Grief is a natural and complex emotion that can be caused by a variety of losses, including the death of a loved one, the end of a relationship, or a major life change. While grief is often thought of as an emotional experience, it can also have a physical impact on the body, including changes in sexuality.

A couple of years ago, I was struggling with the unexpected death of a long-time friend. In my grief, I hadn’t noticed a change in my sexuality until my partner started a discussion about my lack of desire. I know now that this was a completely normal response to my grief. When a person is grieving, it is normal for them to feel disconnected from their body and their sexuality. They may not feel like having sex, or they may find that their sexual desires have changed. Some people may experience a decrease in sexual desire or activity, while others may notice an increase. Some people experience significant changes in or questioning of sexuality. It is important to note that changes are not always the case, and some people may find that their sexuality is completely unaffected by grief. Every griever will process loss differently and there is no wrong or right way to experience grief.

Changes in Sexuality- What’s Normal?

After the death of my friend, I still desired my partner and wanted to have sex, although I felt a sense of guilt because of perceived societal expectations that dictate how people should behave when grieving. Because of this, it took me several weeks to initiate intimacy in my relationship. Each time I felt the desire to initiate intimacy with my partner, I was stopped by a wave of guilt-driven thoughts telling me I didn’t deserve this pleasure when people who loved my friend are still suffering with grief.

The above was my experience and this can look different for everyone. Grievers often describe feeling low energy for months after a loss, leaving them too tired for sex. There may also be feelings of anger and rage, leaving little emotional bandwidth for intimacy. Others may experience an increase in their sexual desire during the grief process. Loss can make people question and appreciate life and the people in it that much more. It can drive some people to seek more connection and intimacy with their partner to celebrate this new appreciation. Others may find sexual activity to be comforting or soothing as painful emotions are being processed. Others may use sexual activity and new sexual behaviors as a way to distract themselves from the difficult grieving process. Even if only a short-term reprieve, sex can help a griever disconnect from or avoid facing uncomfortable or painful emotions.

There is no standard to expect during your grief. It is normal to experience any range of these changes, and normal to experience no changes in your sexuality at all. It is also normal to notice a shift, perhaps starting with decreased desire then finding yourself seeking more pleasurable experiences as you move through the grieving process. Be patient with yourself as you navigate these emotions and changes.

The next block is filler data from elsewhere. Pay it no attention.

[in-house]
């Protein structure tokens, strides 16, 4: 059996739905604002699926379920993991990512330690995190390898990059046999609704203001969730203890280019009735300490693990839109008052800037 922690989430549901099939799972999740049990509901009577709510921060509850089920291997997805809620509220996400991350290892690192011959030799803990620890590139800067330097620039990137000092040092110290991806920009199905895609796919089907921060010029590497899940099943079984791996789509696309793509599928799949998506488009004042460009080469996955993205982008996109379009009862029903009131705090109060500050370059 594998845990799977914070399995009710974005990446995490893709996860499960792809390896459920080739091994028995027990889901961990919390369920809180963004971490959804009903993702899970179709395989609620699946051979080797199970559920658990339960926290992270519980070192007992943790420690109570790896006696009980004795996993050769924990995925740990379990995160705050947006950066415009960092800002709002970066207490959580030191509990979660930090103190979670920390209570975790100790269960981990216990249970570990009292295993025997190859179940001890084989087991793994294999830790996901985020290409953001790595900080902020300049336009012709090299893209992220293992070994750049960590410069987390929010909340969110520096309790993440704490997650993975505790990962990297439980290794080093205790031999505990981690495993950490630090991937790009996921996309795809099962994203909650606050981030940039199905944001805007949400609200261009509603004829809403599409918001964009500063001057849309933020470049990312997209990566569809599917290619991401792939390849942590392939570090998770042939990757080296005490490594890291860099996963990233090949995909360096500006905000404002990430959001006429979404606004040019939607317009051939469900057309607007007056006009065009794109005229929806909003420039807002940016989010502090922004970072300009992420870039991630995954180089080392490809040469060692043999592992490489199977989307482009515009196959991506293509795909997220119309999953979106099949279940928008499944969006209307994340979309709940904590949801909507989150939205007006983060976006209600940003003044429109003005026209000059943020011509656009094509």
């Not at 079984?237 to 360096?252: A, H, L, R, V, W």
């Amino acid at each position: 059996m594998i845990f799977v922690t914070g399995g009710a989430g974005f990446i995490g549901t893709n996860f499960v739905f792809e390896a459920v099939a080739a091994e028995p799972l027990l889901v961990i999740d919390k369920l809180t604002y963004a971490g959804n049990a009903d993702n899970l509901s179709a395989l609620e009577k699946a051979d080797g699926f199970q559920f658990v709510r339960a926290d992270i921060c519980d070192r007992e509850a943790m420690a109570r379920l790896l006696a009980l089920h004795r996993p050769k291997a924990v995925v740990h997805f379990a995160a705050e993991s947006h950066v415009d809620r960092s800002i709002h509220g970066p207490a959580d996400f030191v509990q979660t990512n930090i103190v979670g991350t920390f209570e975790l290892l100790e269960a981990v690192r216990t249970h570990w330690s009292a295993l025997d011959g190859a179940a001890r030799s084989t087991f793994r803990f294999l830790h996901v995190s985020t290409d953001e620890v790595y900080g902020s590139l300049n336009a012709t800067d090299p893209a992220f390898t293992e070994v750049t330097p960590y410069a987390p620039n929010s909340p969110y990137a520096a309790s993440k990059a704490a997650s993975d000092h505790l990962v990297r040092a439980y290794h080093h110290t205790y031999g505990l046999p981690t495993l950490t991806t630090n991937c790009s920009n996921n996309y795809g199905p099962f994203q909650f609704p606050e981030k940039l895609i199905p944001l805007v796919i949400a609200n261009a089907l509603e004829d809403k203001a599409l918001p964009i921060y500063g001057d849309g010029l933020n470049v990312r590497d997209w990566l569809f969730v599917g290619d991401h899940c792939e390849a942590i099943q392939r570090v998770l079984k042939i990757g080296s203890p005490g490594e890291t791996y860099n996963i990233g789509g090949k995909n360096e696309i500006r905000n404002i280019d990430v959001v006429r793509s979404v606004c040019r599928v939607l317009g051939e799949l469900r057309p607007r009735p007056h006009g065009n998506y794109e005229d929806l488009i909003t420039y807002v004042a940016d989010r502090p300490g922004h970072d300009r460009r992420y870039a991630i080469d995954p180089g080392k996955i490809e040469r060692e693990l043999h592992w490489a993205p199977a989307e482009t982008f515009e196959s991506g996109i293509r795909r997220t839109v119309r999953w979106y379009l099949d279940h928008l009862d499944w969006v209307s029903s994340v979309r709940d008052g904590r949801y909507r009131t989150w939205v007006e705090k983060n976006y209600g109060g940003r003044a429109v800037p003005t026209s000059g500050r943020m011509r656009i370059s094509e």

How to Support and Communicate with Your Partner During Grief

For couples, grief can make it difficult to communicate about sex, even when they have a strong sexual relationship prior to the loss. It’s important to remember that you’re not alone. Many couples experience changes in their sexual relationship during grief. With time, support, and communication, you can rebuild your sexual relationship and find ways to connect with your partner that are both meaningful and enjoyable.

Here are some tips for couples to communicate about sex during grief:

Be patient and understanding. It’s important to remember that everyone grieves differently. Your partner may not be ready to talk about sex right away, or they may have different needs and desires than you do. Even if each of you is grieving the same loss, you may find yourselves on opposite ends of the spectrum when it comes to desire.

Communicate openly and honestly. Once you’re both ready to talk, it’s important to be candid about your feelings and needs. This can be difficult, but it’s important to be able to share your thoughts and feelings with your partner. When I was grieving the friend I mentioned earlier, I opened up to my partner about my guilty feelings. He appreciated hearing that my desire had not waned, and was open to my suggestions for intimacy without sex until I was able to let go of my guilt. We used extra one-on-one time together and affectionate acts like hugging and hand holding while I navigated my grief and conflicting feelings about sex.

More Tips for Communicating about Sex During Grief

Be respectful of each other’s boundaries. It’s important to respect each other’s boundaries and not push your partner into anything they’re not comfortable with. If your partner isn’t ready for sex, don’t pressure them. Instead, focus on other ways to connect with them, such as cuddling, holding hands, or talking.

Seek professional help. If you’re struggling to communicate about sex during grief, it may be helpful to seek professional help. One of the skilled therapists at Emma Schmidt & Associates can help you and your partner work through your grief and communicate more effectively.

There’s no right or wrong way to experience grief

Grief and sexuality are two complex experiences that can often intersect in difficult ways. When we experience a loss, our sexuality can be affected in a number of ways. We may feel less interested in sex, or we may find that our desire for sex is heightened. We may also find that our sexual experiences are different than they were before the loss. There is no right or wrong way to experience grief and sexuality after a loss. It is important to allow yourself to feel whatever you are feeling, and to be patient with yourself as you heal.